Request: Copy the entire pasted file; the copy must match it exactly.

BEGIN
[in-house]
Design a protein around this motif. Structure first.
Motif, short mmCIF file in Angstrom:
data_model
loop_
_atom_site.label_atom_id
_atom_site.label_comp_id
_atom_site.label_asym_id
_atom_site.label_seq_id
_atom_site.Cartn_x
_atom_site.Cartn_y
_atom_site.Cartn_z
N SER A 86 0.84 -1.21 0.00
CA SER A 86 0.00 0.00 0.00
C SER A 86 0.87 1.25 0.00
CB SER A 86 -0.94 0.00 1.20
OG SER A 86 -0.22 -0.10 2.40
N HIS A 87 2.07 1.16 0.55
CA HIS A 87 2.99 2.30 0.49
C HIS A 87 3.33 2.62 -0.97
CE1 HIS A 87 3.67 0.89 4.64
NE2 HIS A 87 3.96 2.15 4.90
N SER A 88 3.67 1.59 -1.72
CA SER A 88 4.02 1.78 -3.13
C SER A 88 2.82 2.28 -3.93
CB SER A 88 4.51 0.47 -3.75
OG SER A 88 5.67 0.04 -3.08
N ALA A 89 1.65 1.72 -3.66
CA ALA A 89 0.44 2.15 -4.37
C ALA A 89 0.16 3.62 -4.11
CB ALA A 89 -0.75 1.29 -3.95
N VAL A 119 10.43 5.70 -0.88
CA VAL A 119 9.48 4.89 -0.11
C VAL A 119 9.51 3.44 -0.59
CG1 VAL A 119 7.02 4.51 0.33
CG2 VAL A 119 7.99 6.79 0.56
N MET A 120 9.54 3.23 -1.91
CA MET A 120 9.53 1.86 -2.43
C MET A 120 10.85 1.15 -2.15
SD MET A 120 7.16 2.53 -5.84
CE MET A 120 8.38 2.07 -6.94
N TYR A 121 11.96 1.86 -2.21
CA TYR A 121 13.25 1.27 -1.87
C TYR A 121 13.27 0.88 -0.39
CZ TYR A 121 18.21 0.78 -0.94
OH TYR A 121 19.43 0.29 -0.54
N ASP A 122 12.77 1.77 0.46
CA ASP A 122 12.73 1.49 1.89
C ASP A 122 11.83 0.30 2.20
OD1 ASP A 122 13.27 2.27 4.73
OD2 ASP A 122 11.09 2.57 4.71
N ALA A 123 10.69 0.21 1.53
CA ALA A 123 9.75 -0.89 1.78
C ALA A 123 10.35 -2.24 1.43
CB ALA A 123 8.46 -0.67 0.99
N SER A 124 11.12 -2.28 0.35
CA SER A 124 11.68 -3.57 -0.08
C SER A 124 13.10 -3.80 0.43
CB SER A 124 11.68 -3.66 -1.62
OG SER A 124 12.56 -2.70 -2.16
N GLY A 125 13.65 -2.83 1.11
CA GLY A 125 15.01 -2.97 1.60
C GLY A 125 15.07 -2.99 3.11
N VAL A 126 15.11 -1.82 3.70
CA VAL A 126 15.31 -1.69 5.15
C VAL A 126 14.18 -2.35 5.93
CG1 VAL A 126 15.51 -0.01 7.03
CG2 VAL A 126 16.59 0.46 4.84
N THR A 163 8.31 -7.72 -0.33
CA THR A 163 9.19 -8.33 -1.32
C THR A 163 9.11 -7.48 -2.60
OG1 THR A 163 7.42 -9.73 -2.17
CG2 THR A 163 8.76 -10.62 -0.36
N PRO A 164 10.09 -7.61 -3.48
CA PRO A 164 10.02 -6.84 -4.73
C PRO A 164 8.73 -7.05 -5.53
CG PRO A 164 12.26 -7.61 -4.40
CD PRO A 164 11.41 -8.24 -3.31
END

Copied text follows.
[in-house]
Design a protein around this motif. Structure first.
Motif, short mmCIF file in Angstrom:
data_model
loop_
_atom_site.label_atom_id
_atom_site.label_comp_id
_atom_site.label_asym_id
_atom_site.label_seq_id
_atom_site.Cartn_x
_atom_site.Cartn_y
_atom_site.Cartn_z
N SER A 86 0.84 -1.21 0.00
CA SER A 86 0.00 0.00 0.00
C SER A 86 0.87 1.25 0.00
CB SER A 86 -0.94 0.00 1.20
OG SER A 86 -0.22 -0.10 2.40
N HIS A 87 2.07 1.16 0.55
CA HIS A 87 2.99 2.30 0.49
C HIS A 87 3.33 2.62 -0.97
CE1 HIS A 87 3.67 0.89 4.64
NE2 HIS A 87 3.96 2.15 4.90
N SER A 88 3.67 1.59 -1.72
CA SER A 88 4.02 1.78 -3.13
C SER A 88 2.82 2.28 -3.93
CB SER A 88 4.51 0.47 -3.75
OG SER A 88 5.67 0.04 -3.08
N ALA A 89 1.65 1.72 -3.66
CA ALA A 89 0.44 2.15 -4.37
C ALA A 89 0.16 3.62 -4.11
CB ALA A 89 -0.75 1.29 -3.95
N VAL A 119 10.43 5.70 -0.88
CA VAL A 119 9.48 4.89 -0.11
C VAL A 119 9.51 3.44 -0.59
CG1 VAL A 119 7.02 4.51 0.33
CG2 VAL A 119 7.99 6.79 0.56
N MET A 120 9.54 3.23 -1.91
CA MET A 120 9.53 1.86 -2.43
C MET A 120 10.85 1.15 -2.15
SD MET A 120 7.16 2.53 -5.84
CE MET A 120 8.38 2.07 -6.94
N TYR A 121 11.96 1.86 -2.21
CA TYR A 121 13.25 1.27 -1.87
C TYR A 121 13.27 0.88 -0.39
CZ TYR A 121 18.21 0.78 -0.94
OH TYR A 121 19.43 0.29 -0.54
N ASP A 122 12.77 1.77 0.46
CA ASP A 122 12.73 1.49 1.89
C ASP A 122 11.83 0.30 2.20
OD1 ASP A 122 13.27 2.27 4.73
OD2 ASP A 122 11.09 2.57 4.71
N ALA A 123 10.69 0.21 1.53
CA ALA A 123 9.75 -0.89 1.78
C ALA A 123 10.35 -2.24 1.43
CB ALA A 123 8.46 -0.67 0.99
N SER A 124 11.12 -2.28 0.35
CA SER A 124 11.68 -3.57 -0.08
C SER A 124 13.10 -3.80 0.43
CB SER A 124 11.68 -3.66 -1.62
OG SER A 124 12.56 -2.70 -2.16
N GLY A 125 13.65 -2.83 1.11
CA GLY A 125 15.01 -2.97 1.60
C GLY A 125 15.07 -2.99 3.11
N VAL A 126 15.11 -1.82 3.70
CA VAL A 126 15.31 -1.69 5.15
C VAL A 126 14.18 -2.35 5.93
CG1 VAL A 126 15.51 -0.01 7.03
CG2 VAL A 126 16.59 0.46 4.84
N THR A 163 8.31 -7.72 -0.33
CA THR A 163 9.19 -8.33 -1.32
C THR A 163 9.11 -7.48 -2.60
OG1 THR A 163 7.42 -9.73 -2.17
CG2 THR A 163 8.76 -10.62 -0.36
N PRO A 164 10.09 -7.61 -3.48
CA PRO A 164 10.02 -6.84 -4.73
C PRO A 164 8.73 -7.05 -5.53
CG PRO A 164 12.26 -7.61 -4.40
CD PRO A 164 11.41 -8.24 -3.31